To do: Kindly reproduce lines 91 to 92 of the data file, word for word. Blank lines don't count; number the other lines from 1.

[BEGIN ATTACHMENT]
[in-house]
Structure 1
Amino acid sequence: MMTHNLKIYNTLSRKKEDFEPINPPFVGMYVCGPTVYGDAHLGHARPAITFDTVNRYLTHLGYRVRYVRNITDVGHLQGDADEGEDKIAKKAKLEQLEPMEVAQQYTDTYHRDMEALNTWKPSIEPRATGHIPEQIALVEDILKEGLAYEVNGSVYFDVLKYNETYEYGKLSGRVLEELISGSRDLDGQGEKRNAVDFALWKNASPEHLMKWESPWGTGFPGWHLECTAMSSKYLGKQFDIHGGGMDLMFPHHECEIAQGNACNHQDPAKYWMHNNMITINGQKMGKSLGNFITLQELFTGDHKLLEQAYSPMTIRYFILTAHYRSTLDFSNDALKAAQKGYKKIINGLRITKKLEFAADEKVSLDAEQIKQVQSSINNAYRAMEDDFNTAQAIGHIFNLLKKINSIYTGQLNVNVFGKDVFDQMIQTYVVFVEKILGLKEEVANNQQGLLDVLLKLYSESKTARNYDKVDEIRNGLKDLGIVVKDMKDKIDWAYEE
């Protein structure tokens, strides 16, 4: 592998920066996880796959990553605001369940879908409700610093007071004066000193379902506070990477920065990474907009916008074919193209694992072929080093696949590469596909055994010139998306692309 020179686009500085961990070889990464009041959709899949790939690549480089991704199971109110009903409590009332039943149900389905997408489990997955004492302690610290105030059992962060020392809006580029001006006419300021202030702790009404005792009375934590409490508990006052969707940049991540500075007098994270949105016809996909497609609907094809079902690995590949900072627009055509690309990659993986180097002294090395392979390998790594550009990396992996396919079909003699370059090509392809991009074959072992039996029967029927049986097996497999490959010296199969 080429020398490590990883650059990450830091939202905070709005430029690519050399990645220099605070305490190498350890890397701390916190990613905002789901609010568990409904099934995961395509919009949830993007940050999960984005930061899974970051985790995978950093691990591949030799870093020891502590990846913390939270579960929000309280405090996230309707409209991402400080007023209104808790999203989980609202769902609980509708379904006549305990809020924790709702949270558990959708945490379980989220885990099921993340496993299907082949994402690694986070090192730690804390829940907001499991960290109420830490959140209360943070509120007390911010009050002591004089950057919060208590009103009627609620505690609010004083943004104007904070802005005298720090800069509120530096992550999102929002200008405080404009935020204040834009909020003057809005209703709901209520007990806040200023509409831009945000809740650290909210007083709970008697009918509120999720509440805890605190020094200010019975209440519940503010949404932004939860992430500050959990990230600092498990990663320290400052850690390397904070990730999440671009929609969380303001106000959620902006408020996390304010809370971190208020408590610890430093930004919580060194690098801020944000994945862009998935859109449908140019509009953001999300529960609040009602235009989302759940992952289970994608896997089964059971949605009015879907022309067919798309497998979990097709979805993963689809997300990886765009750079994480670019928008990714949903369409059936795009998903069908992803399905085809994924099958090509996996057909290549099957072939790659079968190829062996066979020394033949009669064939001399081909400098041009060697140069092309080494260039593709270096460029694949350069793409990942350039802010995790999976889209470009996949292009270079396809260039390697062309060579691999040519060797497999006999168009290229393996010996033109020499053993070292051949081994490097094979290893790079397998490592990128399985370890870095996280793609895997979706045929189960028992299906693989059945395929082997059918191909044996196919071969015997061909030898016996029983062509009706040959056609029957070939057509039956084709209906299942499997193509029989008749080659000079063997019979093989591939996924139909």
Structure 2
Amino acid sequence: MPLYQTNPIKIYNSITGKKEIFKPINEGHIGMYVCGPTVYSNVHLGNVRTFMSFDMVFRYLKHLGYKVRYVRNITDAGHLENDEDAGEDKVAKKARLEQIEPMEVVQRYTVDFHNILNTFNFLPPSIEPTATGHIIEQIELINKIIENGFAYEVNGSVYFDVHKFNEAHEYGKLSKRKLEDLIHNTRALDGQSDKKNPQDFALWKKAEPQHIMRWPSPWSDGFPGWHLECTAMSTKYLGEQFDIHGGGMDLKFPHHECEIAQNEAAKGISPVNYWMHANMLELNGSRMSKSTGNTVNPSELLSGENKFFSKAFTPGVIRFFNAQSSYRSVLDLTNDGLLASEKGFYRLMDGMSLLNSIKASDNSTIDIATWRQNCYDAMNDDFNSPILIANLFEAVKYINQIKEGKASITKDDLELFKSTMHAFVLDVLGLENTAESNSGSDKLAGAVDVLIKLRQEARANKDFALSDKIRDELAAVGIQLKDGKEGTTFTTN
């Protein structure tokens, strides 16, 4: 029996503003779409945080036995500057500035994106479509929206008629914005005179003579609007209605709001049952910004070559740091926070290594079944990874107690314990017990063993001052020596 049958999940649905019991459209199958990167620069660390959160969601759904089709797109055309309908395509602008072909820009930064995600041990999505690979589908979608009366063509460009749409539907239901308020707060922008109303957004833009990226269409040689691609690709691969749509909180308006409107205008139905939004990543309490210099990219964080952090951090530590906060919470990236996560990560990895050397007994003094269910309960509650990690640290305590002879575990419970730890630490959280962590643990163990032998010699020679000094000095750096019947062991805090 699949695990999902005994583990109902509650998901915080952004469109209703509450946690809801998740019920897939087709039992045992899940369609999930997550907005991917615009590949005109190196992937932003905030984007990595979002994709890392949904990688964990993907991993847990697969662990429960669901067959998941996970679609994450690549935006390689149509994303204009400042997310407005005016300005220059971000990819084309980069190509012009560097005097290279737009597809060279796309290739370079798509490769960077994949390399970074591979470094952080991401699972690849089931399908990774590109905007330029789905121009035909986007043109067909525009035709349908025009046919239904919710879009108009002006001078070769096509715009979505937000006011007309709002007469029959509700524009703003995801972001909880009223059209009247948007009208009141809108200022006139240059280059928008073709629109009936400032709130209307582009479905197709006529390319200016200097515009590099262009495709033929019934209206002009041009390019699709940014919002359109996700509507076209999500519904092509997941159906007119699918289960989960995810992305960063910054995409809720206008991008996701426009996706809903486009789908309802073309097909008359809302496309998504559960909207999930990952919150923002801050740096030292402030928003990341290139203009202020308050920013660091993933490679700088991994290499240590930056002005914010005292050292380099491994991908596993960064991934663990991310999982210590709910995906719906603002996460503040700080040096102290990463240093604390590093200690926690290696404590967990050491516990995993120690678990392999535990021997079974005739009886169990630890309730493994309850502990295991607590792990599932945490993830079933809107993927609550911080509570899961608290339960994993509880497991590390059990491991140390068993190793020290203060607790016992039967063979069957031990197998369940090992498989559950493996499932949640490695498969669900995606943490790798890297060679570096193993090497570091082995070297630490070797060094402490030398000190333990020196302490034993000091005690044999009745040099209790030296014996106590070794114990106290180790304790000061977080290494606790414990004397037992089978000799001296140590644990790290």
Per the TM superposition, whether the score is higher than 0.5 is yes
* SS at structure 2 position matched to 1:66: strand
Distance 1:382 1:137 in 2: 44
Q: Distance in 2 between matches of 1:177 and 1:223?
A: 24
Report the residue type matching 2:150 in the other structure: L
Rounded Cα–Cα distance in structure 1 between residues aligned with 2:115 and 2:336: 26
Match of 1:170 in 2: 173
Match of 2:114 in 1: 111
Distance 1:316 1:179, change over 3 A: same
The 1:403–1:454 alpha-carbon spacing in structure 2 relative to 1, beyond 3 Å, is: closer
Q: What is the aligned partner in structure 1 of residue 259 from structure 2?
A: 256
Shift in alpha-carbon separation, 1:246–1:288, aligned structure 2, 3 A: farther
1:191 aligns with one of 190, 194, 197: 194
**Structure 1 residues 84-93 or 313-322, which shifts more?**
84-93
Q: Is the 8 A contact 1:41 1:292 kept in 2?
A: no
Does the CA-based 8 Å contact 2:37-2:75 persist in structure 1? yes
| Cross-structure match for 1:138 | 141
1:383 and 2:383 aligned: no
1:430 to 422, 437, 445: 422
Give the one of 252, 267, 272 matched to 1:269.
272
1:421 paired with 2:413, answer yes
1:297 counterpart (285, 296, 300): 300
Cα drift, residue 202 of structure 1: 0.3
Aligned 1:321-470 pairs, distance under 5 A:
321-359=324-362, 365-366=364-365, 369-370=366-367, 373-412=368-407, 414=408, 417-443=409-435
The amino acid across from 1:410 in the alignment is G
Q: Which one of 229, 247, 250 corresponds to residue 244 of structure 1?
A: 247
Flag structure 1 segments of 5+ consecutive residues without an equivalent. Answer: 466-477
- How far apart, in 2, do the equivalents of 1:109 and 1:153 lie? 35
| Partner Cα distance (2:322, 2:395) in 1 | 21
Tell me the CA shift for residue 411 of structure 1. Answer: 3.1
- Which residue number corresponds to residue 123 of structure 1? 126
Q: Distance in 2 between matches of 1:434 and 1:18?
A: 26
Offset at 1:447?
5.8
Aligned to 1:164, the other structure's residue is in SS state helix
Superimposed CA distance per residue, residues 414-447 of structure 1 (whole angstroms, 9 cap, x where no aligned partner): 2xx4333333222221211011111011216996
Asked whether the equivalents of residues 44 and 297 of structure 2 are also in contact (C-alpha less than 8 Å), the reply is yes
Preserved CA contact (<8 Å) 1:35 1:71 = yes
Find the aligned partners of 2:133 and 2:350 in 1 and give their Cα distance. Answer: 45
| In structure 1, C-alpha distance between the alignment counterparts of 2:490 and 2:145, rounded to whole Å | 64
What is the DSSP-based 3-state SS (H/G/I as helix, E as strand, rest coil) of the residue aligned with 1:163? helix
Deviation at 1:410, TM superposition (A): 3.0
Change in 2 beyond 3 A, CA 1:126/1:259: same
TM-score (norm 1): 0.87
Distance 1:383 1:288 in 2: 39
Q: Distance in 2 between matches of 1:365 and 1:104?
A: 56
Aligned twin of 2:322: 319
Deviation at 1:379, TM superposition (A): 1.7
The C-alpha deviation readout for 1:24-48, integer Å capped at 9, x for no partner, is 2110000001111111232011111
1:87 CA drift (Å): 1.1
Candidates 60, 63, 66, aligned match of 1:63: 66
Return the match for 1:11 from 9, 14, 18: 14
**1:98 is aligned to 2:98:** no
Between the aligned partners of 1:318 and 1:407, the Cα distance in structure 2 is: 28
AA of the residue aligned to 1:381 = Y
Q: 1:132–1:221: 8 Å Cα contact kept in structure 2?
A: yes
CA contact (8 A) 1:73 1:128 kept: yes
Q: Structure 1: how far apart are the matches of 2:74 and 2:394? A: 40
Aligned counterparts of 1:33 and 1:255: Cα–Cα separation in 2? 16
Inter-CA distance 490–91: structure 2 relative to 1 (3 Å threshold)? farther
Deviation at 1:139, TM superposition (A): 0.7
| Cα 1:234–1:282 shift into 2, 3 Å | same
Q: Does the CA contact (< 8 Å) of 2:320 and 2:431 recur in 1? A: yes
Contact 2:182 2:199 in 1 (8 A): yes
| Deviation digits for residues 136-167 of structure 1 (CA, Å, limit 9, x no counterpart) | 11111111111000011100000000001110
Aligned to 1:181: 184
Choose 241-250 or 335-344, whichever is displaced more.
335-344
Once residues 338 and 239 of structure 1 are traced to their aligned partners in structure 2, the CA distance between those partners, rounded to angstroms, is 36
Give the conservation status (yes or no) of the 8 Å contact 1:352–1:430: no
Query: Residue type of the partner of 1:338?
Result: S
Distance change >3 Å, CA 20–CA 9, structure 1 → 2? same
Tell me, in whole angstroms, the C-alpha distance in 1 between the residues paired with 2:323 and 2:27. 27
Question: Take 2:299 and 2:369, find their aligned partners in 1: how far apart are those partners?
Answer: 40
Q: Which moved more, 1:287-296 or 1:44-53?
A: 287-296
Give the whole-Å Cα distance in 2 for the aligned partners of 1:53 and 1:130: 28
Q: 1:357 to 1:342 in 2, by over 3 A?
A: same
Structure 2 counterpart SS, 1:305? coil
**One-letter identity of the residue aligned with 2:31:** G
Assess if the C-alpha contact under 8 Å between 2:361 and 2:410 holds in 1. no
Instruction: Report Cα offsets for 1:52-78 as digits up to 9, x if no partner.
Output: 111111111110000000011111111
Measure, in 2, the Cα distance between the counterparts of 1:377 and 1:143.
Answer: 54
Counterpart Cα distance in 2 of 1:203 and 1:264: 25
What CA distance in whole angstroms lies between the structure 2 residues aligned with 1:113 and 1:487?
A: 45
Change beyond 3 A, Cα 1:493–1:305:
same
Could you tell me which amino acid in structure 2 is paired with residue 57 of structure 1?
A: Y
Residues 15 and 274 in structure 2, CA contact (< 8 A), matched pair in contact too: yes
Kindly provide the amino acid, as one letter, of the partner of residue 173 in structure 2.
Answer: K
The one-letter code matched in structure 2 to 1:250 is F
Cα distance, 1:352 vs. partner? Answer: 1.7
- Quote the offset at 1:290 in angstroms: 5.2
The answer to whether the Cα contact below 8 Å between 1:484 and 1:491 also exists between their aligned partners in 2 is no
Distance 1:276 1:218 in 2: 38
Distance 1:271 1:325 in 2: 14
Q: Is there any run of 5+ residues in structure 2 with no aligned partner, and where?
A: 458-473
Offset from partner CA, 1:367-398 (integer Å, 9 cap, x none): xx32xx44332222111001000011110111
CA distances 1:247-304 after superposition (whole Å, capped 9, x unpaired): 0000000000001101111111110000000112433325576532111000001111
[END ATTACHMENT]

Tell me, in whole angstroms, the C-alpha distance in 1 between the residues paired with 2:323 and 2:27. 27
Question: Take 2:299 and 2:369, find their aligned partners in 1: how far apart are those partners?